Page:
Stalking the wars of Africa

A Reuters journalist surveys the desperate legacy of colonialism

The senseless wars of Africa continue without end. Charles Taylor is gone, but the stench and violence of combat linger on in Liberia as humanitarians attempt to reach the starving with donated rice and physicians seek to save the maimed, the halt, and the dangerously malnourished. In the Congo, where more than 3 million have perished in 10 years, there is a semblance finally of renewed government in the capital, but not in the country's distant northeast. Tutsi and Hutu shoot at one another in Burundi. Somalis skirmish still. The 20-year-old civil war in Sudan simmers, with 2 million killed so far. Rebels combat government troops in Uganda.

The democratic nations of Africa - the Botswanas, South Africas, and Senegals of the continent - don't know what to do with their divided brethren. They presided over Mr. Taylor's exile to Nigeria, but they cannot bring peace and development to the places of war, the failed and near-failed states like Somalia and Zimbabwe, or the many jurisdictions where citizens live without basic freedoms.

In Aidan Hartley's sweeping new book, "The Zanzibar Chest," Africa is as bleak as it is vivid. His is a threefold story. One major, well-told narrative thrust follows a young war correspondent's nightmare adventures behind the advancing rebel lines in Ethiopia, amid chaotic tribal hostilities in Somalia, and with advancing and finally victorious Tutsi revanchists in Rwanda during the horrors of the all-encompassing genocide.

There are better books on Rwanda and Somalia and excellent journalistic accounts of the Ethiopian war, but Hartley convincingly relives the horrors, the stench, the utter brutalities, the immediacy of coming upon massacred Tutsi inside a church or battered bodies in Lake Victoria, the pell-mell flight of UN peacekeepers, and the lewd wantonness of conflict.

In Somalia, the instruments of death were more sophisticated than in Rwanda, but Hartley describes just as much cruelty, purposelessness, and sheer lust. His vignettes of victimization, carnage driven by the gleam of booty, and pathological inhumanity depict a Somalia in the early 1990s that was devouring itself with gusto.

Equally effective is his sad survey of a UN operation in Somalia that hardly understood what it confronted, and certainly could not cope with warlords profiting from despoliation. Nor could the US, arriving in Somalia with naive goals and withdrawing chastened and unaware.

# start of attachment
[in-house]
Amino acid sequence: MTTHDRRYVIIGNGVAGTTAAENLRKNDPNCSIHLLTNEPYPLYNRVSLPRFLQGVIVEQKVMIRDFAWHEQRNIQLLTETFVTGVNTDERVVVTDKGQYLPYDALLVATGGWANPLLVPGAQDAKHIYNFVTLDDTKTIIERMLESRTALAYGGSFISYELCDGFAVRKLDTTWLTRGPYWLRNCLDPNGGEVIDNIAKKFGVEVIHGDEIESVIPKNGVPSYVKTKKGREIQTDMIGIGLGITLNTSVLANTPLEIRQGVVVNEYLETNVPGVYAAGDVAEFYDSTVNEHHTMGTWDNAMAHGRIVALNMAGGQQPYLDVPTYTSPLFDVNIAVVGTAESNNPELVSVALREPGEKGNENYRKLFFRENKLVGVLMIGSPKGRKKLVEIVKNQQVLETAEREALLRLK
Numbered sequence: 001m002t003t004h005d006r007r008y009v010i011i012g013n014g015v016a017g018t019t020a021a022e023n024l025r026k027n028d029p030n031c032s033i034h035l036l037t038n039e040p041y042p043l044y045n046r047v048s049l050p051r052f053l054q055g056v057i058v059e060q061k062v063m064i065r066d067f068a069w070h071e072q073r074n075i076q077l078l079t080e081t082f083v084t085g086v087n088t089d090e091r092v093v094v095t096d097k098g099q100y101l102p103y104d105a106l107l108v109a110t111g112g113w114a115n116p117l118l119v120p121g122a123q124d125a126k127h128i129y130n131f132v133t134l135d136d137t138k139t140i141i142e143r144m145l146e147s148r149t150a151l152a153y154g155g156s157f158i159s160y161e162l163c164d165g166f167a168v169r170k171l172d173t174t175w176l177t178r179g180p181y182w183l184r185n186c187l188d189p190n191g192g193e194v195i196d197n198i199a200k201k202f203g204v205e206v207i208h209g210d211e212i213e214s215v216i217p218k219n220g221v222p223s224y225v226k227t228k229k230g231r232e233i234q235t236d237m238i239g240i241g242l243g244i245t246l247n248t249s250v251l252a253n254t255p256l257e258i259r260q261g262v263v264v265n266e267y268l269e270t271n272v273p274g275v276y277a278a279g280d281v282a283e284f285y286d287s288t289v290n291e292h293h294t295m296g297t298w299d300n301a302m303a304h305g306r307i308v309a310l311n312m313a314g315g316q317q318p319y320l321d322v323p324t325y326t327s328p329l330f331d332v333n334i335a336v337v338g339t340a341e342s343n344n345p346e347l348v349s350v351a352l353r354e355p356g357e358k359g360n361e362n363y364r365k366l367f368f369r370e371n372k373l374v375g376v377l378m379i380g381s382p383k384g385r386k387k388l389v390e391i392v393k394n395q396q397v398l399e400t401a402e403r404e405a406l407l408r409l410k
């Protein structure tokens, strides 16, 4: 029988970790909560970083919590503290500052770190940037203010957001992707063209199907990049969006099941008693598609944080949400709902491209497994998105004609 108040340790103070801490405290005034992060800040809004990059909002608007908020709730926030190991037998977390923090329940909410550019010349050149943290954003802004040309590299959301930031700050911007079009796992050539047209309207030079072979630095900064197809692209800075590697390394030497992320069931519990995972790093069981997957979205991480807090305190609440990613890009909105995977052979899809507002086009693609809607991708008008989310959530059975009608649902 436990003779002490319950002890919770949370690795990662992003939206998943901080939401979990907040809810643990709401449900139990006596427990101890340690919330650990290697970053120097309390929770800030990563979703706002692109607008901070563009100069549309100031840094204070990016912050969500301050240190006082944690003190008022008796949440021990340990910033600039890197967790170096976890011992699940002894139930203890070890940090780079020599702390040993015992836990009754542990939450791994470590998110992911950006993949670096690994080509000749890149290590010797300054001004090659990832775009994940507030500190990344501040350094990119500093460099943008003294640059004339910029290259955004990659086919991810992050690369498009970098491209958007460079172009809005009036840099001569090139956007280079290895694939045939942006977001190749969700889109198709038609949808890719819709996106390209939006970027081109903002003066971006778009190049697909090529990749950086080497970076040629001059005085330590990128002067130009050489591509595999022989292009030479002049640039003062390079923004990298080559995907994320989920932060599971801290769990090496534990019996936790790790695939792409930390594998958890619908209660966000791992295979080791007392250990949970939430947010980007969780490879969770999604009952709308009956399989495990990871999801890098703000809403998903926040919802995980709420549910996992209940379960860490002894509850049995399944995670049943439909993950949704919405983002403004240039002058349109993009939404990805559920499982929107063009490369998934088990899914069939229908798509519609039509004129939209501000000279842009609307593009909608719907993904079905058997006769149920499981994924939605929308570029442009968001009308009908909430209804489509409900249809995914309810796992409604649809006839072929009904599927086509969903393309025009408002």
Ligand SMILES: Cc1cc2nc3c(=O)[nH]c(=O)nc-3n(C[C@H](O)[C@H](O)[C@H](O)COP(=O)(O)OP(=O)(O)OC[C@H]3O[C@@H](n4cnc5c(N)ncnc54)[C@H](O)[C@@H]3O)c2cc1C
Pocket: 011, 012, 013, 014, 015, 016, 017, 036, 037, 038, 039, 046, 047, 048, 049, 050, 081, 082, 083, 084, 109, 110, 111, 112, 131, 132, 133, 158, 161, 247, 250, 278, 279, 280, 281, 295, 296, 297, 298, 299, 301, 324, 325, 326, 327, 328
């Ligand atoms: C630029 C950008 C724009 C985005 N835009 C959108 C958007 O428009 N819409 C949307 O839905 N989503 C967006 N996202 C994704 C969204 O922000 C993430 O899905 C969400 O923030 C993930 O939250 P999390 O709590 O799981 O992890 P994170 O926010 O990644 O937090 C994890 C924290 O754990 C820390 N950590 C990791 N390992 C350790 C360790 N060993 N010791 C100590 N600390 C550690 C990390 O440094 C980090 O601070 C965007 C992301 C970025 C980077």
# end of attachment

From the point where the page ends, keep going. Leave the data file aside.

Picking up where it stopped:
Hartley, never the hard-bitten war correspondent of stereotype, is seared by the killing fields, by the child rescued from a mass grave, and by the untimely deaths of fellow reporters. But his book is also a tale of furious adrenaline, of not wanting to be far from the action and danger.

In a sole paragraph of self-analysis toward the end of his pulsating book, he asks whether he "could have done more." He could have helped "dozens, hundreds, thousands" of individuals "by dropping the notebook that was my shield." So, he asks, probably unfairly, what does a war correspondent have to show for the excitement and rough glamour of bitter years? "Only the stories."

In fact, he has provided this very sobering book. Admittedly, as much as Hartley - who grew up in East Africa and has returned there to his roots - feels and wants to be African, much of the book is about the terrible tyrannies that Africans inflict on one another, the misgovernment of Africa by Africans, and the failure of foreigners bent on helping Africa to do much better. In some respects, all of Hartley's reportage, and his book, is oppressively nihilistic.

But there are two other themes that thread throughout the book. In one he affectionately follows the intriguing life of a British political officer in the Aden Protectorate, now southern Yemen, through his love of Arabia Felix, his marriage to a local woman, and his ultimate fiery end in an honorable battle with a frontier sheikh.

This improbable counterpoint to Hartley's main story succeeds at many levels. It also allows the author to follow his third, understated thread: the quest for the meaning of his own father's life, the murdered officer's best friend and fellow British administrator. Deep down, the book is as much about that search as it is about brigandage and brutality. It's also about the growing up years and touching love life of a reporter who finally begins to think beyond the next calamity.

Incidentally, this is not a book about Zanzibar.

Robert I. Rotberg is president of the World Peace Foundation and directs the program on intrastate conflict at Harvard University's Kennedy School of Government.

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